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Nutr Res. 2015 Dec;35(12):1095-105. doi: 10.1016/j.nutres.2015.09.014. Epub 2015 Oct 5.

Green tea supplementation benefits body composition and improves bone properties in obese female rats fed with high-fat diet and caloric restricted diet.

Author information

1
Department of Pathology, Texas Tech University Health Sciences Center, Lubbock, TX, USA; Laura W. Bush Institute for Women's Health, Texas Tech University Health Sciences Center, Lubbock, TX, USA. Electronic address: leslie.shen@ttuhsc.edu.
2
Department of Pathology, Texas Tech University Health Sciences Center, Lubbock, TX, USA.
3
Department of Nutritional Sciences, Texas Tech University, Lubbock, TX, USA.
4
Health, Exercise and Sport Sciences, Texas Tech University, Lubbock, TX, USA.
5
Department of Pathology, Texas Tech University Health Sciences Center, Lubbock, TX, USA; Healthcare Engineering Graduate Program, Texas Tech University, Lubbock, TX, USA.
6
USDA ARS Grand Forks Human Nutrition Research Center, Grand Forks, ND, USA.

Abstract

This study investigated the effects of green tea polyphenols (GTP) supplementation on body composition, bone properties, and serum markers in obese rats fed a high-fat diet (HFD) or a caloric restricted diet (CRD). Forty-eight female rats were fed an HFD ad libitum for 4 months, and then either continued on the HFD or the CRD with or without 0.5% GTP in water. Body composition, bone efficacy, and serum markers were measured. We hypothesized that GTP supplementation would improve body composition, mitigate bone loss, and restore bone microstructure in obese animals fed either HFD or CRD. CRD lowered percent fat mass; bone mass and trabecular number of tibia, femur and lumbar vertebrae; femoral strength; trabecular and cortical thickness of tibia; insulin-like growth factor-I and leptin. CRD also increased percent fat-free mass; trabecular separation of tibia and femur; eroded surface of tibia; bone formation rate and erosion rate at tibia shaft; and adiponectin. GTP supplementation increased femoral mass and strength (P = .026), trabecular thickness (P = .012) and number (P = .019), and cortical thickness of tibia (P < .001), and decreased trabecular separation (P = .021), formation rate (P < .001), and eroded surface (P < .001) at proximal tibia, and insulin-like growth factor-I and leptin. There were significant interactions (diet type × GTP) on osteoblast surface/bone surface, mineral apposition rate at periosteal and endocortical bones, periosteal bone formation rate, and trabecular thickness at femur and lumbar vertebrate (P < .05). This study demonstrates that GTP supplementation for 4 months benefited body composition and improved bone microstructure and strength in obese rats fed with HFD or HFD followed by CRD diet.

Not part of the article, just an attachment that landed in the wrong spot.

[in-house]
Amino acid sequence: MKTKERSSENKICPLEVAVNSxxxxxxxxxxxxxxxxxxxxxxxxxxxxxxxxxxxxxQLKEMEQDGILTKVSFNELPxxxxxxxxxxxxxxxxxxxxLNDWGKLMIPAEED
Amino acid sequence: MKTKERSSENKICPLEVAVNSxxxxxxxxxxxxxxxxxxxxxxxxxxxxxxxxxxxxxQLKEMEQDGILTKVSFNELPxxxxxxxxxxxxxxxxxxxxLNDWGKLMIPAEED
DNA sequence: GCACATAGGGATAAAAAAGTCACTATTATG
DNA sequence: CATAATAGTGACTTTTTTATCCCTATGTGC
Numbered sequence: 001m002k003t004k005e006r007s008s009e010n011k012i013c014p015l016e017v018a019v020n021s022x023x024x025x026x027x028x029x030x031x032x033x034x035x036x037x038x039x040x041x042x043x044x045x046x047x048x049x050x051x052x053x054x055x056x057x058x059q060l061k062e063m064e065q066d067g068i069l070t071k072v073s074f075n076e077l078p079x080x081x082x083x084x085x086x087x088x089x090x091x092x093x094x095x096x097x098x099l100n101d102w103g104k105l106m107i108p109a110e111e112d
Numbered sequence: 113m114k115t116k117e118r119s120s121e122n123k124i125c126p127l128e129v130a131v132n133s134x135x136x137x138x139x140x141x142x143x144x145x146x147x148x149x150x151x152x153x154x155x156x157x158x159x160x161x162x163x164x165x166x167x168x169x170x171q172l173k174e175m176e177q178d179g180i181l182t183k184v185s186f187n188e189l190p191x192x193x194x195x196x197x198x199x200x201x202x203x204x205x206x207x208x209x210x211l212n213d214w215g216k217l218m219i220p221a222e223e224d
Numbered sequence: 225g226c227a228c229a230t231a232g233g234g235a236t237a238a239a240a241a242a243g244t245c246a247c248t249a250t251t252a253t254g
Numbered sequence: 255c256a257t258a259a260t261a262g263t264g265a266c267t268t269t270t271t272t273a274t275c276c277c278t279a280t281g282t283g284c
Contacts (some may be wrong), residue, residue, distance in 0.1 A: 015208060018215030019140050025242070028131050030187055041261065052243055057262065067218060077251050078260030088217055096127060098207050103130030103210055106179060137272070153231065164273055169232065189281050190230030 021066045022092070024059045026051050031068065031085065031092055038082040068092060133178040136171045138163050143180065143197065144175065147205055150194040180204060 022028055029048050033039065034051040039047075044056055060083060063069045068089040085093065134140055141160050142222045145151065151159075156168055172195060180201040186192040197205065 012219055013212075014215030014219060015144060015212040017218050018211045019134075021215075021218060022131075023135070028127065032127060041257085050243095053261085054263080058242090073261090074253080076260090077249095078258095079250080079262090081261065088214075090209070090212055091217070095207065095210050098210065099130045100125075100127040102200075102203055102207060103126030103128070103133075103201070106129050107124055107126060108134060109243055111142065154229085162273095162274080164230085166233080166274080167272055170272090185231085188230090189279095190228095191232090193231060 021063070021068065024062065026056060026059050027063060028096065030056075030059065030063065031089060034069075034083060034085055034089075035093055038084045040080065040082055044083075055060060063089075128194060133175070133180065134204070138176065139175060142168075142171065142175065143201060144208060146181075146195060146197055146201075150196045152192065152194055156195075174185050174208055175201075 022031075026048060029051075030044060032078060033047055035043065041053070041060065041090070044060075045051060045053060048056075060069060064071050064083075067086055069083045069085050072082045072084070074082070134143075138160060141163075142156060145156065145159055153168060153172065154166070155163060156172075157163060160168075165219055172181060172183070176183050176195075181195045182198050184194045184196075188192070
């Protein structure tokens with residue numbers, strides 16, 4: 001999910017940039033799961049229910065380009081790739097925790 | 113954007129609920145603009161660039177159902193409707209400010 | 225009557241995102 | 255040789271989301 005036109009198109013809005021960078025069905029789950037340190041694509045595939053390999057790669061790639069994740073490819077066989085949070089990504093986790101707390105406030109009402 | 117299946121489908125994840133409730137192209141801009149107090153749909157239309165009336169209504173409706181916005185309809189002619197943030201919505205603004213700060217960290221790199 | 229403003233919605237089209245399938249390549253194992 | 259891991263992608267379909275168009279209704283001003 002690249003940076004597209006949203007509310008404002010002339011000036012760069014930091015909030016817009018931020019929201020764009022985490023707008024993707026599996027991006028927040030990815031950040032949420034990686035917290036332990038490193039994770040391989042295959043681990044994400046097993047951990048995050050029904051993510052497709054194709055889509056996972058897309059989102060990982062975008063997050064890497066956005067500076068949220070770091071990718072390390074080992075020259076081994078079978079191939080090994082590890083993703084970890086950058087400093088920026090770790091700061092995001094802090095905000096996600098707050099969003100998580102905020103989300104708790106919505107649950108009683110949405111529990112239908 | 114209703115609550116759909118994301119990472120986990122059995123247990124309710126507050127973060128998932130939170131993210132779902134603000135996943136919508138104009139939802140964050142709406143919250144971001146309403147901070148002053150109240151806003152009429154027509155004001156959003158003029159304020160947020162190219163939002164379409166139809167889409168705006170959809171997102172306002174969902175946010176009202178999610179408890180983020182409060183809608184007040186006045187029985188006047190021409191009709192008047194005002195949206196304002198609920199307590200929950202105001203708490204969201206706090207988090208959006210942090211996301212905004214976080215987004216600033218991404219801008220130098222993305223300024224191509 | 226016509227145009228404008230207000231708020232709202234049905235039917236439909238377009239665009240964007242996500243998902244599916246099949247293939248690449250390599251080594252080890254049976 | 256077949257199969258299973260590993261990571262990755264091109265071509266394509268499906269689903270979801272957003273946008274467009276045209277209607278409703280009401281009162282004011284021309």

KEYWORDS:

Body composition; Caloric restriction; Obesity; Osteoporosis; Rat; Tea

PMID:
26525915
DOI:
10.1016/j.nutres.2015.09.014
[Indexed for MEDLINE]

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